Implications of Restrictive Abortion Laws on Unintended Births in the U.S.: A Cross-Sectional Multilevel Analysis

Sara Redd, PhD, MSPH, Whitney Rice, DrPH and Kelli Hall, PhD, MS
Rollins School of Public Health, Emory University, Atlanta, GA

APHA's 2019 Annual Meeting and Expo (Nov. 2 - Nov. 6)

Objective: This cross-sectional analysis examined associations between restrictive abortion policies and risk of unintended birth (UIB) among a cohort of U.S. women.

Methods: Individual-level data on UIBs were drawn from 75,207 women from 34 states who participated in the 2014 or 2015 Pregnancy Risk Assessment Monitoring System. State-level data on eleven abortion restrictions (ARs) were derived from the Guttmacher Institute and Temple University’s Policy Surveillance Program. Multilevel models estimated the relationship between our exposure (count of ARs in each state in 2014) and a woman’s risk of UIB. Adjusted models controlled for individual- and state-level covariates and cross-level interactions for individual factors hypothesized to vary by state context.

Results: Half of women (49%) reported an UIB. On average, states had 4 ARs implemented, the most common being gestational limits (76%) and public funding bans (62%). In adjusted models, for each additional AR present in a state, the odds of a woman reporting an UIB increased by 4% ([aOR]: 1.04, [95% CI]: 1.01, 1.07). Women had higher odds of reporting UIB if they were teenagers ([aOR]: 2.26, [95% CI]: 2.06, 2.47), Black ([aOR]: 1.72, [95% CI]: 1.63, 1.81), had Medicaid coverage pre-pregnancy ([aOR]: 1.32, [95% CI]: 1.20, 1.45), and resided in states with higher poverty levels ([aOR]: 1.03, [95% CI]: 1.01, 1.05).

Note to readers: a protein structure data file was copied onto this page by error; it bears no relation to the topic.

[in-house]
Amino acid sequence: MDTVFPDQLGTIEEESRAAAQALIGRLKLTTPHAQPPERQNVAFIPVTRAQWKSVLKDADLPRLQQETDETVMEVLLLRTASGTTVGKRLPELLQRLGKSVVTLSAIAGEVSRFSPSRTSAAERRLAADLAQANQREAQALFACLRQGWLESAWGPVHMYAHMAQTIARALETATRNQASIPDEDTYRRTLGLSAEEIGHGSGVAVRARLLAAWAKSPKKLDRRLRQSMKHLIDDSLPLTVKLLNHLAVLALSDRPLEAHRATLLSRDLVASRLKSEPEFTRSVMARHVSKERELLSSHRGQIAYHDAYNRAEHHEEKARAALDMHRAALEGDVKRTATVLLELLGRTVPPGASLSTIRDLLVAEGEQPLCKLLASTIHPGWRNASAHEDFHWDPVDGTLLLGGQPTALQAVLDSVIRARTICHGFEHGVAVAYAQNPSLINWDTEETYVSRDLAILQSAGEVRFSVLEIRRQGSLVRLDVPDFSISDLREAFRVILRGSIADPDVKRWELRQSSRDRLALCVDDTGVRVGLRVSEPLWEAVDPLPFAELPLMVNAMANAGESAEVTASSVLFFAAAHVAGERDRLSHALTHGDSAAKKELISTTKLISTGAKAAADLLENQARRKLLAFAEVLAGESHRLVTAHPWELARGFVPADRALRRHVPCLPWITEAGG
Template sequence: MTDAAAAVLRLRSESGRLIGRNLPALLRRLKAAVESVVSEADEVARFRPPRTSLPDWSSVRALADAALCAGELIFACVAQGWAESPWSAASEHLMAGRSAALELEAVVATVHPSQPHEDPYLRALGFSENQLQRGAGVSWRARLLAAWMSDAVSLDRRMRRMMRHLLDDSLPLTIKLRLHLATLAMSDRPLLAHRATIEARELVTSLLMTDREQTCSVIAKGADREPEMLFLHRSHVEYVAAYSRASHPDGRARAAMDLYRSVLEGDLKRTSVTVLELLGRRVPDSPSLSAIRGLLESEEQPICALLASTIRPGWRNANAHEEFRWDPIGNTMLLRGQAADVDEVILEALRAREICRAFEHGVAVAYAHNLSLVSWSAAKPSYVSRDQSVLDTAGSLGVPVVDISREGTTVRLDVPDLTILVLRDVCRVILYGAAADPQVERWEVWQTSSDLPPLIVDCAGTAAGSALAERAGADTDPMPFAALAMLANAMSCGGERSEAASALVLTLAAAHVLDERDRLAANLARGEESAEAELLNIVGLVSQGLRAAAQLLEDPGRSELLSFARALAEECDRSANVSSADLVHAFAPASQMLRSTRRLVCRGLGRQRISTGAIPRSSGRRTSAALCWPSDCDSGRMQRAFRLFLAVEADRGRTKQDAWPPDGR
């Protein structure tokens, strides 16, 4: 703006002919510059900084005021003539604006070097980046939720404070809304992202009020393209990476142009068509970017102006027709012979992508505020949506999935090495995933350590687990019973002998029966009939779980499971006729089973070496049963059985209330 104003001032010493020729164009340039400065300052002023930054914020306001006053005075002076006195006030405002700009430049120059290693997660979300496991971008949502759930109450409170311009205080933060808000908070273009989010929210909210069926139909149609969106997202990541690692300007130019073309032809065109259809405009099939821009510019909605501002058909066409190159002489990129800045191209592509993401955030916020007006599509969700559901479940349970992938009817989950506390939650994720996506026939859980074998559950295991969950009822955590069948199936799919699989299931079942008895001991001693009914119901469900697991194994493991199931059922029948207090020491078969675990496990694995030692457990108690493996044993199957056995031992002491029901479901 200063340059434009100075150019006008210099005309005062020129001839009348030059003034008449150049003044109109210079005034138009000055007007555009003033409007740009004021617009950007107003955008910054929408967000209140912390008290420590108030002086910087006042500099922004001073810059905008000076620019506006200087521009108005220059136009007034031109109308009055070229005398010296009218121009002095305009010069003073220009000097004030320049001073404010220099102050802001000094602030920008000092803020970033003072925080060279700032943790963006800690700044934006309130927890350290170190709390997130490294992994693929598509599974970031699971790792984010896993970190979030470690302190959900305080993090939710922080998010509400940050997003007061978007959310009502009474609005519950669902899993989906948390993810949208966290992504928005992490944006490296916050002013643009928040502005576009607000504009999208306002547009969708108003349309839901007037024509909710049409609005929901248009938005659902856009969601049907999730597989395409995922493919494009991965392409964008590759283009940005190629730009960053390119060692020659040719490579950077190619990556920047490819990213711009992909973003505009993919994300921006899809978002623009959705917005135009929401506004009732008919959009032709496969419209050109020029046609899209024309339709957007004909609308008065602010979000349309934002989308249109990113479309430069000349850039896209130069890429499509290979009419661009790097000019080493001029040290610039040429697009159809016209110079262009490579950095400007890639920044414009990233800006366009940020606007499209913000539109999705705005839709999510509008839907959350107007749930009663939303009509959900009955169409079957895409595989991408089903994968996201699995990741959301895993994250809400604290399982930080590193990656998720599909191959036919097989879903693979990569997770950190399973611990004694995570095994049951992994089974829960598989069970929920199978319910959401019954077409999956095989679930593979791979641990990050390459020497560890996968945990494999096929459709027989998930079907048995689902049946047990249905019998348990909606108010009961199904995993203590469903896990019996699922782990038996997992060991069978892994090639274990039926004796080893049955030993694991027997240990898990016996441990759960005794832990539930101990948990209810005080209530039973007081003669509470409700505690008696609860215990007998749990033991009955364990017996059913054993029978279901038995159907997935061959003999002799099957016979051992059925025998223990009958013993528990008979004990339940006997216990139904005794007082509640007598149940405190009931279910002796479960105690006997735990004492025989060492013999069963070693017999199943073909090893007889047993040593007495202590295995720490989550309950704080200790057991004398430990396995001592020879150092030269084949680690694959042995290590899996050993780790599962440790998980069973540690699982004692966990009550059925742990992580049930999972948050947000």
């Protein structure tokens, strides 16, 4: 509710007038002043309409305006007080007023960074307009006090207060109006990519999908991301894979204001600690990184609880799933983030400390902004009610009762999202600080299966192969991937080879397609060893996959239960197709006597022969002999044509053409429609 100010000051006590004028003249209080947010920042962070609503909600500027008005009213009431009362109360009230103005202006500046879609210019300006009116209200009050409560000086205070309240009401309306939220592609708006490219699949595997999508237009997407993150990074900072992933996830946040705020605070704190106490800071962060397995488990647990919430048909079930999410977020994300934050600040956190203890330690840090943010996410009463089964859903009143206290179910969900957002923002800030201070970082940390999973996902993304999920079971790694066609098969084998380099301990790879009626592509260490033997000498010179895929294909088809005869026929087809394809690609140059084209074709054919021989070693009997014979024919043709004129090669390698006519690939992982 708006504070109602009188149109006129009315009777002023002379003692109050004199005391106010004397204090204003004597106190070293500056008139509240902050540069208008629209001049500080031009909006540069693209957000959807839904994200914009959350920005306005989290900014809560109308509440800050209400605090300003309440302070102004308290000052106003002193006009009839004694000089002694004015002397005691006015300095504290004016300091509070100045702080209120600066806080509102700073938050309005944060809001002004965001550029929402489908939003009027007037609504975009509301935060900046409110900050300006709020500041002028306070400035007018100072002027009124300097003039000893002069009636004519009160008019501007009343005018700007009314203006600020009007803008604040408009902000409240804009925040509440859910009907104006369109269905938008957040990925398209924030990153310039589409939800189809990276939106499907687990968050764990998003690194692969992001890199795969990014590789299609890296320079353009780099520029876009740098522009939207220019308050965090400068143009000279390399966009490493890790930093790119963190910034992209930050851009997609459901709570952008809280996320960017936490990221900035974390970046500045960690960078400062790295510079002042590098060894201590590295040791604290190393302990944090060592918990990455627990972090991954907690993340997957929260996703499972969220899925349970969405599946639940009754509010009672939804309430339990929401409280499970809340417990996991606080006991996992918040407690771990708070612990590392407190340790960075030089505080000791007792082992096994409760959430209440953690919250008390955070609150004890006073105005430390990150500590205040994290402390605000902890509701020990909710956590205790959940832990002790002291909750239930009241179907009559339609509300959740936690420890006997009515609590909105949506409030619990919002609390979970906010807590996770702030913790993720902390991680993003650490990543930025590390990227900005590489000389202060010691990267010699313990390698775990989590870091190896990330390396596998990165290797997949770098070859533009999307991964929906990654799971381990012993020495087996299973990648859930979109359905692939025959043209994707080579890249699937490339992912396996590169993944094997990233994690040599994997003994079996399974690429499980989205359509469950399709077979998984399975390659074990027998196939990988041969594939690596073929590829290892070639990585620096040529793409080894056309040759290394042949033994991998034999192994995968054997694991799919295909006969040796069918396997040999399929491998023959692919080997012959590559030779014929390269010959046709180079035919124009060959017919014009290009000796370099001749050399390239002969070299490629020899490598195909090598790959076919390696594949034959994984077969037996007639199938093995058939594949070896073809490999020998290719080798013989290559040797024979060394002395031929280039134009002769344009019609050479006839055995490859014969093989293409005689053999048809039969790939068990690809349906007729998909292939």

Conclusion: Greater exposure to ARs was associated with increased risk of UIB, which varied by demographic and social context. Our ongoing research further examines the health effects of ARs over time and place using quasi-experimental designs and difference-in-difference modeling.

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